Presentation on theme: "Chapter 13 Motivation and Emotion. Motives and emotions Motives are specific inner needs and wants that direct us toward a goal Emotions are feelings."— Presentation transcript:
Motives and emotions Motives are specific inner needs and wants that direct us toward a goal Emotions are feelings or experiences such as joy or surprise which also activate behavior, but in a less predictable way than motives Drive Reduction Theory- states that we have certain drives like thirst, hunger, and tiredness. When we experience those drives we have a need to reduce those unpleasant states of tension and return to our bodies state of balance called homeostasis.
Primary Drive An unlearned drive that triggers a state of arousal or tension is called a primary drive. Ex. Hunger, thirst or sex. Hunger is caused by a drop of simple sugar glucose in our bodies. When our level of glucose drops below a certain level the hunger center of the brain is triggered. The stomach sends the message to the brain. When food enters the small intestine, hormones are sent to the brain to reduce the feelings of hunger.
There are two regulators of thirst… One regulator: Level of fluids in bodys cells. Salt intake causes water to leave these cells. When the level of sodium in the blood gets low enough the thirst center of the brain is triggered. Other regulator: level of water outside the bodys cells. When the amount dips too low, the amount of blood reaching the kidneys gets low. Brain is then triggered by lack of blood to kidneys and thirst is created
Sex Although sex is not necessary for the survival of one person it is necessary for the survival of a species. Because of this it is considered a primary drive Men and women both have testosterone which is the strongest biological influence of the sex drive. It is also said that pheromones are given off to affect the sexual readiness of others
Sex The sexual response cycle for humans progresses through 4 stages: Arousal, plateau, orgasm, and resolution. Men tend to be more aroused by visual cues whereas women tend to be more aroused by touch What we consider to be sexually attractive is influenced by society and our culture.
Stimulus Motives There are two stimulus motives you need to know. The desire to manipulate and contact. The desire to manipulate is related to the need to know about something or gain knowledge Manipulation involves holding something, touching it, playing with it etc. Contact is needed for closeness and affection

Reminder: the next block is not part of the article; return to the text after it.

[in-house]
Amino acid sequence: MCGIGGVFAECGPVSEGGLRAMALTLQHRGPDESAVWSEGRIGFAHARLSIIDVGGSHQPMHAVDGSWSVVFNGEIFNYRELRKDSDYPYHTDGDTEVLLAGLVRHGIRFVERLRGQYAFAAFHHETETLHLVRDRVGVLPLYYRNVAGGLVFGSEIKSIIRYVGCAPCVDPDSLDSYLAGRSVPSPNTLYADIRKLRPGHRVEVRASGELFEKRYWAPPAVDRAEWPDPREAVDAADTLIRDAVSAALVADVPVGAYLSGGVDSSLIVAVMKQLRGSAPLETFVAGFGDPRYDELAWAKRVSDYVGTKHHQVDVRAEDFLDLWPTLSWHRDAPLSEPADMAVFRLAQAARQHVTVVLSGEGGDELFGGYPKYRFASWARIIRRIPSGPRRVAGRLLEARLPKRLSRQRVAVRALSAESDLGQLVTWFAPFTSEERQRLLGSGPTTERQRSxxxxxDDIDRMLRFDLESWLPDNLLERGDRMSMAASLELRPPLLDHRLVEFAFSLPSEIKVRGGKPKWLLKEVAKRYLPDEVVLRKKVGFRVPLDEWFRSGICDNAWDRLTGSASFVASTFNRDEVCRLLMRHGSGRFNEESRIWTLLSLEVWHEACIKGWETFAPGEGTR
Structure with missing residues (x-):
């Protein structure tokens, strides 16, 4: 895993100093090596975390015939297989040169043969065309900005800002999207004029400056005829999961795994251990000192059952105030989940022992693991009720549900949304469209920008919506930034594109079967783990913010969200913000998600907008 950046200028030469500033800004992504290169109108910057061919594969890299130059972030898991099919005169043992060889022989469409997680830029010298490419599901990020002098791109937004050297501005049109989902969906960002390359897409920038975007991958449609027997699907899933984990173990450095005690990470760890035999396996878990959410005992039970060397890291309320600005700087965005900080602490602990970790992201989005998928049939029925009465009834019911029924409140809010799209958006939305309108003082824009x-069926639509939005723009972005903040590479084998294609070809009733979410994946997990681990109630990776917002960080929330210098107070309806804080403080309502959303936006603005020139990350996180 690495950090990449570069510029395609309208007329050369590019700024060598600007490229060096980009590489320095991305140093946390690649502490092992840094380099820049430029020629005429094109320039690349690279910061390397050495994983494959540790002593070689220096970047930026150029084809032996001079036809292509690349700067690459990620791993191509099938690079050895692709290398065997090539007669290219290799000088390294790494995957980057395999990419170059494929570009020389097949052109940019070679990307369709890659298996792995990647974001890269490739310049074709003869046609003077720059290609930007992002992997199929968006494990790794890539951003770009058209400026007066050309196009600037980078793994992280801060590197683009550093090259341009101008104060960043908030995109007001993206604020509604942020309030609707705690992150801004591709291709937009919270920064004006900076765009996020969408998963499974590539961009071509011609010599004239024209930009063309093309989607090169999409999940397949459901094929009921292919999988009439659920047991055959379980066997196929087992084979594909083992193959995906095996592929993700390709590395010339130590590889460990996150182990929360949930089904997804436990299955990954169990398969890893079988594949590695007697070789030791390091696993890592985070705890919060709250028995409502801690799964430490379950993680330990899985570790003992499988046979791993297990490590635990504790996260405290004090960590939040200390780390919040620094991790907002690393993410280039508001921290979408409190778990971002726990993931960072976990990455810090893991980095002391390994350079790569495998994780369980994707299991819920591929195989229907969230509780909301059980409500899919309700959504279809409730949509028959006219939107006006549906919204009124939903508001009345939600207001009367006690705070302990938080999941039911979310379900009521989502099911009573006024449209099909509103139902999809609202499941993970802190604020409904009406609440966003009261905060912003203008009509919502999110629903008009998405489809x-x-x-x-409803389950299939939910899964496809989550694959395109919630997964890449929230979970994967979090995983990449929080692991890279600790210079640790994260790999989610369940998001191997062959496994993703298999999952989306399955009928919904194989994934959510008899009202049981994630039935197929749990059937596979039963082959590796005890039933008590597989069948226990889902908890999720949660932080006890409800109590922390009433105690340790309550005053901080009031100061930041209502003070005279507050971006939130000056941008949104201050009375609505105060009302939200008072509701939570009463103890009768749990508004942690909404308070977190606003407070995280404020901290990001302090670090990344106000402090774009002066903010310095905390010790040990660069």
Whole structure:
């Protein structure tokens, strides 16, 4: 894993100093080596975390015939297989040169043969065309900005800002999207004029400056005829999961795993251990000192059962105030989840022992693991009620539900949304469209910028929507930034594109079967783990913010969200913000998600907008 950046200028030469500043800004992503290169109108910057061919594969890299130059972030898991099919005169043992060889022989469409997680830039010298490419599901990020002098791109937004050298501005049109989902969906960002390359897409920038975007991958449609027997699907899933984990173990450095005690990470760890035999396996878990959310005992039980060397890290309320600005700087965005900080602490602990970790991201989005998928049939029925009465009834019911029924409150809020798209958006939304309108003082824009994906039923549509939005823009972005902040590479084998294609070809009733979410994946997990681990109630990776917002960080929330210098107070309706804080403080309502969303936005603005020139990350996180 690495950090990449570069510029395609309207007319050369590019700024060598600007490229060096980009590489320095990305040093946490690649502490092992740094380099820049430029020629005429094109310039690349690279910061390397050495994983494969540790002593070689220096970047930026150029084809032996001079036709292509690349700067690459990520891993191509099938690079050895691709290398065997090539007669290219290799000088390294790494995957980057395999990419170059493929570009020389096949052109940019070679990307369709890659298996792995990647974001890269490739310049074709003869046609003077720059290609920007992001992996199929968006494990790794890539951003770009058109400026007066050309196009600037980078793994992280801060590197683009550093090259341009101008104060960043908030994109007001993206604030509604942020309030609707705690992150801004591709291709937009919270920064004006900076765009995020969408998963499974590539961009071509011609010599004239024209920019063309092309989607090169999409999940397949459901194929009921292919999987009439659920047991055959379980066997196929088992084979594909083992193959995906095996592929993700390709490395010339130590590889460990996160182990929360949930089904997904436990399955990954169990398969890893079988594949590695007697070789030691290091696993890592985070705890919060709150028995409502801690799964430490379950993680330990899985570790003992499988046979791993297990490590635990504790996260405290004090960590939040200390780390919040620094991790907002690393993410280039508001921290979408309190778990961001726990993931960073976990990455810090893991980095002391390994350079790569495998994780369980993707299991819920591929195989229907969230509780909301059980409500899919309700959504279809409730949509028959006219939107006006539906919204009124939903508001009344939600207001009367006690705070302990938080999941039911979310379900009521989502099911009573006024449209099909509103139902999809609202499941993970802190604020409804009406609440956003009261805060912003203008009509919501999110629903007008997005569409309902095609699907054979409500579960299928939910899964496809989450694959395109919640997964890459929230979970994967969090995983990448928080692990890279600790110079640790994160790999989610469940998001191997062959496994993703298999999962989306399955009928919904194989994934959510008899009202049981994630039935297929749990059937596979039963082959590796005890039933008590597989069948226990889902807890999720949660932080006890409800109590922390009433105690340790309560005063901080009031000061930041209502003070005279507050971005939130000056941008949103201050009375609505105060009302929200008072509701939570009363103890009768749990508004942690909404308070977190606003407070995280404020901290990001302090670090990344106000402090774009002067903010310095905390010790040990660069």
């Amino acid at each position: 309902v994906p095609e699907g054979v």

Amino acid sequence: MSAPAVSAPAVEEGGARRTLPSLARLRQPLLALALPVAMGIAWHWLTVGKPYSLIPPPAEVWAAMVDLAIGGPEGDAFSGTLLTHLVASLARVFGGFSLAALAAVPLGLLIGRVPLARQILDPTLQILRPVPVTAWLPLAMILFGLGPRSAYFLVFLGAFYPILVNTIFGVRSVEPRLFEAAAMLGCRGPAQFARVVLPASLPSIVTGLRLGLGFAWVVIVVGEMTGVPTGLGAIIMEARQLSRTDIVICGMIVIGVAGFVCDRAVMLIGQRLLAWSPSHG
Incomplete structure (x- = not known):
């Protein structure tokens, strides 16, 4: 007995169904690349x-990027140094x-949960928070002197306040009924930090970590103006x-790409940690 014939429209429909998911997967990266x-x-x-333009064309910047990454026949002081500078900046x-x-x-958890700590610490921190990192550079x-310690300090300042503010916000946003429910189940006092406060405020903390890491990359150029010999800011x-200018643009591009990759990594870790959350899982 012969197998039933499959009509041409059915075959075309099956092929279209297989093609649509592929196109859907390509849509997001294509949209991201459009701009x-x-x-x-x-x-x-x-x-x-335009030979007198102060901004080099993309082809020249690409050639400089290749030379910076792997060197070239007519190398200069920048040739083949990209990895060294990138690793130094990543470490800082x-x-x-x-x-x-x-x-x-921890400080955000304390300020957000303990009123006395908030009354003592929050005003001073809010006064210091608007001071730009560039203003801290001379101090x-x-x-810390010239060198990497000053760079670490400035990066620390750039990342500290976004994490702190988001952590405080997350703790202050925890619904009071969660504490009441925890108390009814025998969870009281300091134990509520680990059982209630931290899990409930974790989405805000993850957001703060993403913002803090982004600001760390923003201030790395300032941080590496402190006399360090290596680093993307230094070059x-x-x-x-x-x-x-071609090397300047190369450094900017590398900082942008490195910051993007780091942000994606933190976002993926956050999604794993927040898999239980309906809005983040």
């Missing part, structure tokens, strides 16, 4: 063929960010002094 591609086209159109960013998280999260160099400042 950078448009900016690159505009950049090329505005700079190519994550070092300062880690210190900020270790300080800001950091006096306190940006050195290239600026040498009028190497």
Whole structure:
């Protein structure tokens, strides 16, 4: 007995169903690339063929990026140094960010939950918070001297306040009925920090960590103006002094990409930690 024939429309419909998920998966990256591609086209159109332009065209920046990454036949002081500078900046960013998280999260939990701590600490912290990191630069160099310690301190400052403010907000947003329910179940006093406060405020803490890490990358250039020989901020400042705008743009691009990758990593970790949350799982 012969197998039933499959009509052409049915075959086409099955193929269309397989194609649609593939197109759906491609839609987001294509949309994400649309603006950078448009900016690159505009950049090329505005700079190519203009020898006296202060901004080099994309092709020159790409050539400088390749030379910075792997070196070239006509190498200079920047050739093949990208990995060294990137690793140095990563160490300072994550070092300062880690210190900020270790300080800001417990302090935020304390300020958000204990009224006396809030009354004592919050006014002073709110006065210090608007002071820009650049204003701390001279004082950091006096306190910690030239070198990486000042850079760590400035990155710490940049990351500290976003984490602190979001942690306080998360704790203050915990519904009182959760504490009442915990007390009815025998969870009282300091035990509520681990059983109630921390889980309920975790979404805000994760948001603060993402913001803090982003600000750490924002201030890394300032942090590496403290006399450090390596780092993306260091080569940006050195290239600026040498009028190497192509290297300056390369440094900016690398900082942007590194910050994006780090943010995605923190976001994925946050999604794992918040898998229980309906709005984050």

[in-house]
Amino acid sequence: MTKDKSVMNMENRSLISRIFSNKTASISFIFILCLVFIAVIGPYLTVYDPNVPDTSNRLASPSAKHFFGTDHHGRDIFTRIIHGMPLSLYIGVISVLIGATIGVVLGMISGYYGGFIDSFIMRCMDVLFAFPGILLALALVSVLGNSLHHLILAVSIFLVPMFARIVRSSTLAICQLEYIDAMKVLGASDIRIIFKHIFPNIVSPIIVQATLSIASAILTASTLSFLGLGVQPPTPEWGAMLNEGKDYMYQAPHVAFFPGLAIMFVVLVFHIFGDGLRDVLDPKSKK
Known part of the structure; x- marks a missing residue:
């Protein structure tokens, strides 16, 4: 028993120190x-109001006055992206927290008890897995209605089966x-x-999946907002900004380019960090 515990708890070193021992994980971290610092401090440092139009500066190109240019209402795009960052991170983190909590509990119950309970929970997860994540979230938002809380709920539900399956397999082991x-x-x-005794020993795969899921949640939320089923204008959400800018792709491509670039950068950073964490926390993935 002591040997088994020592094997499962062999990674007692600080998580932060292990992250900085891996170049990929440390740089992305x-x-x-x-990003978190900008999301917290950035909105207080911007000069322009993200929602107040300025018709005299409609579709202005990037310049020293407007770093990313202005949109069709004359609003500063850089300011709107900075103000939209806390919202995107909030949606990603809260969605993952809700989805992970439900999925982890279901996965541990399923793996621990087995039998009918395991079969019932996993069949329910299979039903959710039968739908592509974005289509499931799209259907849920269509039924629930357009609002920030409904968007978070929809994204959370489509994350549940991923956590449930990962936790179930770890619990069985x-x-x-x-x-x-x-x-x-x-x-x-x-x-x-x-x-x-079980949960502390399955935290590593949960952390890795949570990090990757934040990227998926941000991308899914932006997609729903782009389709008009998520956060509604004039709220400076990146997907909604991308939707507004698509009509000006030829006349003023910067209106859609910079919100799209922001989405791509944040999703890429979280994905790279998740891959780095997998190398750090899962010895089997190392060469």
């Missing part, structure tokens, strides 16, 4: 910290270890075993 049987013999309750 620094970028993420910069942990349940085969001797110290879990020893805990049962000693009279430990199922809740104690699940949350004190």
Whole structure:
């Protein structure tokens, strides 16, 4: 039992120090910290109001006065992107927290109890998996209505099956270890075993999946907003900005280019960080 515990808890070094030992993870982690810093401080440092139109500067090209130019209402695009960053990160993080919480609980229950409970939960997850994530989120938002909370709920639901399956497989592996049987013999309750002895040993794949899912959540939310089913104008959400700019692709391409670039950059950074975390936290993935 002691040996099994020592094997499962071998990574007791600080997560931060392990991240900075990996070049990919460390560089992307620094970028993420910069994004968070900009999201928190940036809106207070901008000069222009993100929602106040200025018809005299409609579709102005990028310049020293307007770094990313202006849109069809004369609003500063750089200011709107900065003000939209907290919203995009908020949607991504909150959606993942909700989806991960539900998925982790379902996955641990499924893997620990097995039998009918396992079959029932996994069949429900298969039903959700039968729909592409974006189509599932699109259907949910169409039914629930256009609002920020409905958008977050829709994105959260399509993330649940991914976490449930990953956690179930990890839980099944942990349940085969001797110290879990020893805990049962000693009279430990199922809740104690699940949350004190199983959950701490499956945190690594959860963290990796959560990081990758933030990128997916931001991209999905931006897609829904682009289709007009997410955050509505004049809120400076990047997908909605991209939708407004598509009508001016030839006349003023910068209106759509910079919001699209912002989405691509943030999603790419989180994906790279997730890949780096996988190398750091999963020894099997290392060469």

Learned motives Aggression and Sexual Coercion Aggression is any behavior that is intended to inflict physical or psychological harm to others. Most psychologists believe aggression is a response modeled after the behavior we see and learn from others.
Sexual coercion Is a term used to describe the variety of behaviors from rape to a less extreme form like sexual harassment Research has found that when studying convicted rapists the researchers found that power, anger, and hatred are most commonly given for the motives for rape.
Abraham Maslow Came up with a hierarchy of needs. The lower motives are simple motives needed for survival. As you go up the pyramid and move to the higher motives they become more complex. Lower motives must be met first before higher motives can be met.
Yerkes-Dodson This law says the more complex the task the more chance our emotions will disrupt our performance. For example being angry may not effect your ability to walk but might affect your ability to drive because that task is more complex. Robert Plutchik came up with the idea that humans and animals experience 8 basic emotions.
Plutchiks 8 basic emotions Fear Surprise Sadness Disgust Anger Anticipation Joy Acceptance
Plutchiks 8 basic emotions cont. He believed that a combination of two of these can produce a wider range of emotions. For example, a combination of joy and acceptance produce love.
Assignment Create a flip chart with Maslows Hierarchy of needs. Use definitions from the book to explain each step!
Theories in Psych James Lange theory says that stimuli causes physiological changes in our bodies and emotions result from these changes Canon Bard theory says that emotions and bodily responses occur simultaneously. For example, if we were approached by a bear in the woods the hair would stand up on our neck and we would become frightened at the same time.